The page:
Exxon Mobil Corp. posted the largest annual profit by a U.S. company — $40.6 billion — on Friday as the world’s biggest publicly traded oil company benefited from historic crude prices at the end of the year.
Exxon also set a U.S. record for the biggest quarterly profit, posting net income of $11.7 billion for the final three months of 2007, beating its own mark of $10.71 billion in the fourth quarter of 2005.
The previous record for annual profit was $39.5 billion, which Exxon Mobil had in 2006.
The eye-popping results weren’t a surprise given record prices for a barrel of oil at the end of 2007. For much of the fourth quarter, they hovered around $90 a barrel, more than 50 percent higher than a year ago.
Crude prices reached an all-time trading high of $100.09 on Jan. 3 but have fallen about 10 percent since then.
The record profit for the October-December period amounted to $2.13 a share versus $1.76 a share in 2006. Year-ago net income was $10.25 billion.
Also extraordinary was Exxon Mobil’s revenue, which rose 30 percent in the fourth quarter to $116.6 billion from $90 billion a year ago. For the year, sales rose to $404.5 billion — the most ever for the Irving, Texas-based company — from $377.64 billion in 2006.
In addition to benefiting from higher commodity prices, the company said its results were evidence of a well-run, globally diverse operation that’s investing billions to find more energy supplies. It noted that its capital and exploration spending amounted to nearly $21 billion last year, up 5 percent from 2006.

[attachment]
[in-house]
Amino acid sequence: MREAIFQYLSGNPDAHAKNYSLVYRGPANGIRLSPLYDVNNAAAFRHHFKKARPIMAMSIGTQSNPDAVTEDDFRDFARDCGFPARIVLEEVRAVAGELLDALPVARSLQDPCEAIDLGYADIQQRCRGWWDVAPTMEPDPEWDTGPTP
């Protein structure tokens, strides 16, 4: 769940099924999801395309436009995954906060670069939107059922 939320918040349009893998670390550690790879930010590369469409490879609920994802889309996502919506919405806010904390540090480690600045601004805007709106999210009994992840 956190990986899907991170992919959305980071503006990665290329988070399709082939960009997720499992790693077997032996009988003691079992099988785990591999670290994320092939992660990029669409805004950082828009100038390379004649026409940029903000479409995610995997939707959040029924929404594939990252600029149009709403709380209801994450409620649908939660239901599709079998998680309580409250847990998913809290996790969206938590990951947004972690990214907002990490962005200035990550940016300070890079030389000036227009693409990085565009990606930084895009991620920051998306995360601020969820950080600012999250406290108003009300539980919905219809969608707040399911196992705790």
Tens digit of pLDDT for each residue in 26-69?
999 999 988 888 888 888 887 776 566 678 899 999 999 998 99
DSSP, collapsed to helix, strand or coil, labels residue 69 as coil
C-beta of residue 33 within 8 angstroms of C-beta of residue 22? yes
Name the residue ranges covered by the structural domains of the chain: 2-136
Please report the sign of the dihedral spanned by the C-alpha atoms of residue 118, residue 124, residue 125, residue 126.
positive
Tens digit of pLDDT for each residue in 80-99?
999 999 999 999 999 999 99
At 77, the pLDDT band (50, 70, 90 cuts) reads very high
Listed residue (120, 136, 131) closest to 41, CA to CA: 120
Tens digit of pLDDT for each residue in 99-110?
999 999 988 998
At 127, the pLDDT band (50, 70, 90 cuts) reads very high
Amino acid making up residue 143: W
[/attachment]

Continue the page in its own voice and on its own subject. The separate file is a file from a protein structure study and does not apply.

Exxon Mobil produces about 3 percent of the world’s oil.
Its shares fell 13 cents to $86.27 in afternoon trading after rising as high as $87.86 earlier in the session. The shares have traded in a 52-week range of $69.02 to $95.27.
Higher commodity prices in the quarter were clearly evident from earnings at Exxon Mobil’s exploration and production arm, known as the upstream. Income rose 32 percent to $8.2 billion from $6.2 billion a year ago.
On an oil-equivalent basis, production increased nearly 1 percent from the fourth quarter of 2006, driven by higher demand for natural gas in Europe. Excluding the expropriation of its Venezuelan assets last year, divestments and other factors, production rose nearly 3 percent.
Refining and marketing, or downstream, earnings were $2.3 billion, up from nearly 2 billion in the year-ago quarter, as improved refining operations offset lower U.S. refining margins.
In the U.S., downstream earnings were off sharply from a year ago — $622 million in the most-recent quarter versus $945 million in 2006.
Refining margins — the difference between the cost of crude and what the company makes on refined products such as gasoline — have been squeezed in recent months as spiking oil prices outpaced increases in gasoline prices and other refined products.
Already, ConocoPhillips has said record oil prices at the end of 2007 helped it post a 37 percent increase in fourth-quarter profit, even as it produced less crude and natural gas than a year earlier. Its quarterly net income rose to $4.37 billion versus $3.2 billion a year earlier.
ConocoPhillips is the nation’s third-largest integrated oil company behind Exxon Mobil and Chevron Corp.
Chevron reported separately Friday that its profit rose 29 percent in the fourth quarter, as surging prices for crude oil offset weak results from its refining business. It earned $4.88 billion, or $2.32 per share, from $3.77 billion, or $1.74 per share, a year earlier. Revenue rose 29 percent to $61.41 billion from $47.75 billion.
On Thursday, Royal Dutch Shell PLC, Europe’s largest oil company, posted a 60 percent gain in fourth-quarter profit to $8.47 billion on asset sales and higher oil prices. Shell said full-year net profit was a company record $31.3 billion, up 23 percent from the prior year.